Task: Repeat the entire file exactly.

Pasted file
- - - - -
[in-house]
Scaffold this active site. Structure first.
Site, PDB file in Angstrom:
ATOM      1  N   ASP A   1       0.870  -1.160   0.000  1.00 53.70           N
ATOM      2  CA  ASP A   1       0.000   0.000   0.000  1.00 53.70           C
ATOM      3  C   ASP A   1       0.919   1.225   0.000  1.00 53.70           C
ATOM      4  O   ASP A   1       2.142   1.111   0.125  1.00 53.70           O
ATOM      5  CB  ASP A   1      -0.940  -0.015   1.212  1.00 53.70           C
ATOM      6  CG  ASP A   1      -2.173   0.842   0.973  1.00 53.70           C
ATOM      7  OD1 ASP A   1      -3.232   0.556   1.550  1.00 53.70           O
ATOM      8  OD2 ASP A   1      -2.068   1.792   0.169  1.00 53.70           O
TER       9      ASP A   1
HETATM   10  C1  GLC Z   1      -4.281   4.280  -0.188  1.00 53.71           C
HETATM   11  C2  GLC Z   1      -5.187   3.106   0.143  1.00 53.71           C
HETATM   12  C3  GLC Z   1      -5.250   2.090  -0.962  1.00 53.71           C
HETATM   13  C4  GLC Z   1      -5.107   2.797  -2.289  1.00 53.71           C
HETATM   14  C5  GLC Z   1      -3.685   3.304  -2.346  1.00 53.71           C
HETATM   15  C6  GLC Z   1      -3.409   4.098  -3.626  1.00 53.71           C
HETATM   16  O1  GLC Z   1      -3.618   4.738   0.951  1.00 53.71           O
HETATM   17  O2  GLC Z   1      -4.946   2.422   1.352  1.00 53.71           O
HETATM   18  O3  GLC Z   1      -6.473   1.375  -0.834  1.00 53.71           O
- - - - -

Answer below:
[in-house]
Scaffold this active site. Structure first.
Site, PDB file in Angstrom:
ATOM      1  N   ASP A   1       0.870  -1.160   0.000  1.00 53.70           N
ATOM      2  CA  ASP A   1       0.000   0.000   0.000  1.00 53.70           C
ATOM      3  C   ASP A   1       0.919   1.225   0.000  1.00 53.70           C
ATOM      4  O   ASP A   1       2.142   1.111   0.125  1.00 53.70           O
ATOM      5  CB  ASP A   1      -0.940  -0.015   1.212  1.00 53.70           C
ATOM      6  CG  ASP A   1      -2.173   0.842   0.973  1.00 53.70           C
ATOM      7  OD1 ASP A   1      -3.232   0.556   1.550  1.00 53.70           O
ATOM      8  OD2 ASP A   1      -2.068   1.792   0.169  1.00 53.70           O
TER       9      ASP A   1
HETATM   10  C1  GLC Z   1      -4.281   4.280  -0.188  1.00 53.71           C
HETATM   11  C2  GLC Z   1      -5.187   3.106   0.143  1.00 53.71           C
HETATM   12  C3  GLC Z   1      -5.250   2.090  -0.962  1.00 53.71           C
HETATM   13  C4  GLC Z   1      -5.107   2.797  -2.289  1.00 53.71           C
HETATM   14  C5  GLC Z   1      -3.685   3.304  -2.346  1.00 53.71           C
HETATM   15  C6  GLC Z   1      -3.409   4.098  -3.626  1.00 53.71           C
HETATM   16  O1  GLC Z   1      -3.618   4.738   0.951  1.00 53.71           O
HETATM   17  O2  GLC Z   1      -4.946   2.422   1.352  1.00 53.71           O
HETATM   18  O3  GLC Z   1      -6.473   1.375  -0.834  1.00 53.71           O